- Over the last two years, bootcamps — not just for coding, but also for intensive skill development in other fields, like healthcare and accounting — have grown in popularity among traditional nonprofit, four year insttitutions, reports EdSurge.
- Though bootcamps are proliferating throughout higher ed, it is still unclear whether the model will be successful as an alternative credential pathway model, as Reuters reports that many of these for-profit schools are shutting down. For example, the well known Dev Bootcamp announced in July its plans to shut down for lack of a viable business model, even though there has been growth in enrollment.
- Though some bootcamps are closing, others are thriving, like Flatiron School, which has a 97% job placement rate and has its student outcomes audited by Massachusetts, according to Reuters — highlighting not only that success of such programs are heavilly tied to ROI beyond graduation, but also that the traditional education pathway with accountability for student outcomes is here to stay.
Alternative credentialing pathways geared toward granting students specific skillsets for the workforce have been expanding over the last fifteen years and remain popular despite lack of evidence of their ROI for students. In fact, a new study from the American Academy of Arts & Sciences, which examined the field of options, found that there is little proof to show that they offer the same quality assurance and success beyond graduation as the traditional two- or four-year degree, because data colllection on their individual their features, costs and enrollment is still underdeveloped.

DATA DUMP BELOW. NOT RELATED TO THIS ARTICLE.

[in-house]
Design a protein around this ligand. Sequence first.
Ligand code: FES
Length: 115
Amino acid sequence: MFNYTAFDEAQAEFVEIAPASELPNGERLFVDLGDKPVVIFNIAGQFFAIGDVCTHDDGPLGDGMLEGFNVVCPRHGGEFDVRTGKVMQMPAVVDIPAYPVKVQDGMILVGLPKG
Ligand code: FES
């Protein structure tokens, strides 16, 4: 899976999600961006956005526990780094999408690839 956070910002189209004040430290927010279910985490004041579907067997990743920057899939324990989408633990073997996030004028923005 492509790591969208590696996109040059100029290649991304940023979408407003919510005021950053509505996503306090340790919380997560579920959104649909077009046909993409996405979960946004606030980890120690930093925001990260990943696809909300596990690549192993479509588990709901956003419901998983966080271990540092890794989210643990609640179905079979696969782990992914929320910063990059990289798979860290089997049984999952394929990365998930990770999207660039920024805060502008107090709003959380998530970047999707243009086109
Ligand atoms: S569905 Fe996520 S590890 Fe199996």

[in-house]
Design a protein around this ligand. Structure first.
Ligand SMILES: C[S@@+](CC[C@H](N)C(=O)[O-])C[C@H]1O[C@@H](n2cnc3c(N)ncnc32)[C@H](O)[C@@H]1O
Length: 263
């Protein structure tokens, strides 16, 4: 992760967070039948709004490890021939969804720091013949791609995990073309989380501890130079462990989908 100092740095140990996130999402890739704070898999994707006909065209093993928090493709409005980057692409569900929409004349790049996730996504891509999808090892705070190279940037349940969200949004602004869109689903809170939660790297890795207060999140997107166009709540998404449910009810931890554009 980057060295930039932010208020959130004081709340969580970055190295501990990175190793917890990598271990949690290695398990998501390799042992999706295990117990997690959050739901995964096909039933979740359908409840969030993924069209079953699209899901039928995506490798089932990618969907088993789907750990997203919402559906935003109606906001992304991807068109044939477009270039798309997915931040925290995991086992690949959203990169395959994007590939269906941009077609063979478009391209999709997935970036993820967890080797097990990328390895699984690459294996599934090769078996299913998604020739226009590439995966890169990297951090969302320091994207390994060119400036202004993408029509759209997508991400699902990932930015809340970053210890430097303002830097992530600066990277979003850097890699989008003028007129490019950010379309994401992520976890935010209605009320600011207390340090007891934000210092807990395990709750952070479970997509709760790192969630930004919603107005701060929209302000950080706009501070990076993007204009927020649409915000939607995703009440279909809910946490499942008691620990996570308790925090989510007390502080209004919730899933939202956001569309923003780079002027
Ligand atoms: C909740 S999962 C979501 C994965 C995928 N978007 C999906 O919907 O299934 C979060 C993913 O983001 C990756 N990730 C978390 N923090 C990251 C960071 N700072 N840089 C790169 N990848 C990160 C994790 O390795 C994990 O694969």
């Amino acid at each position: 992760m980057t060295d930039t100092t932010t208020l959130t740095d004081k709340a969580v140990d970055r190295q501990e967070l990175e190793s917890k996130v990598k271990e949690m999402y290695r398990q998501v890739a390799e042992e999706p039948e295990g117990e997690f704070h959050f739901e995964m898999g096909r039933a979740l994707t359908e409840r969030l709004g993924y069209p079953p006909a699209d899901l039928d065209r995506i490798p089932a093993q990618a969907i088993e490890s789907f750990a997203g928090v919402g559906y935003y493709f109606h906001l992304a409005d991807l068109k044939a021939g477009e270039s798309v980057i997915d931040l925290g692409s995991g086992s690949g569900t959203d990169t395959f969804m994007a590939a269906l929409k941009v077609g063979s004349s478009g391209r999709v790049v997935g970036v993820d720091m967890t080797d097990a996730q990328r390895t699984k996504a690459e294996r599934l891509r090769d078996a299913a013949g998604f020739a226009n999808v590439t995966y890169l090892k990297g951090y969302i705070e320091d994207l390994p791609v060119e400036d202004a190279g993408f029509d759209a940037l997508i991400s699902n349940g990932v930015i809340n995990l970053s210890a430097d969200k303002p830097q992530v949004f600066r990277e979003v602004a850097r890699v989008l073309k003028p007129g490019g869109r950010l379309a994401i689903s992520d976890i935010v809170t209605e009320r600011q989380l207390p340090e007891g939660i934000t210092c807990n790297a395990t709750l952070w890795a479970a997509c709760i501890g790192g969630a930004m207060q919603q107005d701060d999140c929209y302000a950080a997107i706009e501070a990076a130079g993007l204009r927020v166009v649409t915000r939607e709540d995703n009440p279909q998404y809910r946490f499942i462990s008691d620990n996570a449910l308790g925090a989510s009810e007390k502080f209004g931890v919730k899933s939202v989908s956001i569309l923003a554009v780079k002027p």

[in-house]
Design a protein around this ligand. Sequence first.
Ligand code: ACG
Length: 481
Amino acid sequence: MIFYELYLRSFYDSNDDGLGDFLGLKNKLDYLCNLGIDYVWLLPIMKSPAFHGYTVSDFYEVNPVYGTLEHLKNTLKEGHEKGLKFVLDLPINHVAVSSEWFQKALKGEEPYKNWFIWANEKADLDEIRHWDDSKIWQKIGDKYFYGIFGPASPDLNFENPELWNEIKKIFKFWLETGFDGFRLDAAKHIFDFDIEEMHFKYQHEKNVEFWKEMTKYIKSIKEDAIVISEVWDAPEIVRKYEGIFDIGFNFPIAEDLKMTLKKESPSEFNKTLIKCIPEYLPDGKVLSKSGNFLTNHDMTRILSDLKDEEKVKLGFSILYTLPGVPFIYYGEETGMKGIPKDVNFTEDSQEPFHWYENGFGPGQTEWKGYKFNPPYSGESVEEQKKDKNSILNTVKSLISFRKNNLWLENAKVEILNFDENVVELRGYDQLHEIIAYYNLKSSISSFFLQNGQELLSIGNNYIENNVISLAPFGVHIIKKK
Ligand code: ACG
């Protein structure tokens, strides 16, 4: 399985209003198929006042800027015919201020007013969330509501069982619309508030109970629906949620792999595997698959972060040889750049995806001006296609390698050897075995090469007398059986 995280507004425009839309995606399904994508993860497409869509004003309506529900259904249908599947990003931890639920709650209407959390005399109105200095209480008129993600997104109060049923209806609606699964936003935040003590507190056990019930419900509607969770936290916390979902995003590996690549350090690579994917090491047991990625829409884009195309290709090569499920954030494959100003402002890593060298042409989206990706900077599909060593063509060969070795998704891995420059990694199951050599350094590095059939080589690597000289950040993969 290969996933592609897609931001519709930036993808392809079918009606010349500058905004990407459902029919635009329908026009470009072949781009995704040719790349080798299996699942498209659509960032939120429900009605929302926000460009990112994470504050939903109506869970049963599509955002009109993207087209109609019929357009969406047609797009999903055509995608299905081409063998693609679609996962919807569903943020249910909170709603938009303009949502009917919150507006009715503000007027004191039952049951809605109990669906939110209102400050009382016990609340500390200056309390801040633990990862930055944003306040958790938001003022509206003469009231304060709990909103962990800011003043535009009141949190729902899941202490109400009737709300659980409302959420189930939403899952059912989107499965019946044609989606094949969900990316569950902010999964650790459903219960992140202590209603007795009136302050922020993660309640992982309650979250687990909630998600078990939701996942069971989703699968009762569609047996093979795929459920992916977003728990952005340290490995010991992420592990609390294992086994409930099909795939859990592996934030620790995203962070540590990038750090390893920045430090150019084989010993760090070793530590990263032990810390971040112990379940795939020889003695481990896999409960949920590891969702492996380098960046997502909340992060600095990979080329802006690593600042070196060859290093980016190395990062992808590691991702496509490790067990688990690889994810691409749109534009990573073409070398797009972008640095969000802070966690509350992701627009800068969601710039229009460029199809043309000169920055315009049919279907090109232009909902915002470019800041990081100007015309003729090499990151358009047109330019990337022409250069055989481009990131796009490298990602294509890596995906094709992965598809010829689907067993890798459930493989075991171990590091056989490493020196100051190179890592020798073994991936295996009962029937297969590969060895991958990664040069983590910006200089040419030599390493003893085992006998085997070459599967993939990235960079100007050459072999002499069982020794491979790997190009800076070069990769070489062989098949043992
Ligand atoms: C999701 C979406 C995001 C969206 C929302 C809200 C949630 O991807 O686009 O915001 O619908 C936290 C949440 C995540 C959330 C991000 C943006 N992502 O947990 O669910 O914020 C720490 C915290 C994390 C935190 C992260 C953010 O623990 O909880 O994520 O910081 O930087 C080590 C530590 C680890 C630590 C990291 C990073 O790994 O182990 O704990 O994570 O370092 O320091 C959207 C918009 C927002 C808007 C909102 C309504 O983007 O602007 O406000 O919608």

Coding bootcamps, which Reuters reports grew in popularity at the beginning of the 2010s on the heels of the Great Recession, had the immediate appeal of being able to offer what seems like a cheaper, more time-conscientious way of earning with credentials the skills needed to fill high salaried tech jobs. And as a result, coding bootcamps have exploded, graduating nearly 1.5 times the number of students from last year at 22,949 and garnering about $266 million in revenue this year alone, according to Course Report data. But even with these statistics to boast, bootcamps are increasingly shutting down, as many — with high tuition fees of an average $11,400 for 14.1 weeks long programs — are not able to actually deliver on their promises to help students land the jobs they are desiring. As many students are realizing their investment may not be panning out in the workforce, the hype for such bootcamps has faded.
Now as other schools are considering the bootcamp model for other fields, it's important for adminsitrators to undersatnd that the framework of offering special skills in a short-time is only going to be appealing to students if they feel like they are not just getting the experience, but will actually be able to get a job after completing the courses. The traditional two to four year institution has a leg-up in making the model work in that it has the opportunity to partner up with local businesses that may be willing to sponsor such bootcamps, meaning that students which complete these pathways may be able to have the insurance of a pipeline straight into that company. Looking toward what's happening with bootcamps, as the test for alternative credentialing, will be important as higher ed leaders increasingly consider ways of meeting the needs of new generations of students, which are demanding more flexible and shorter education options.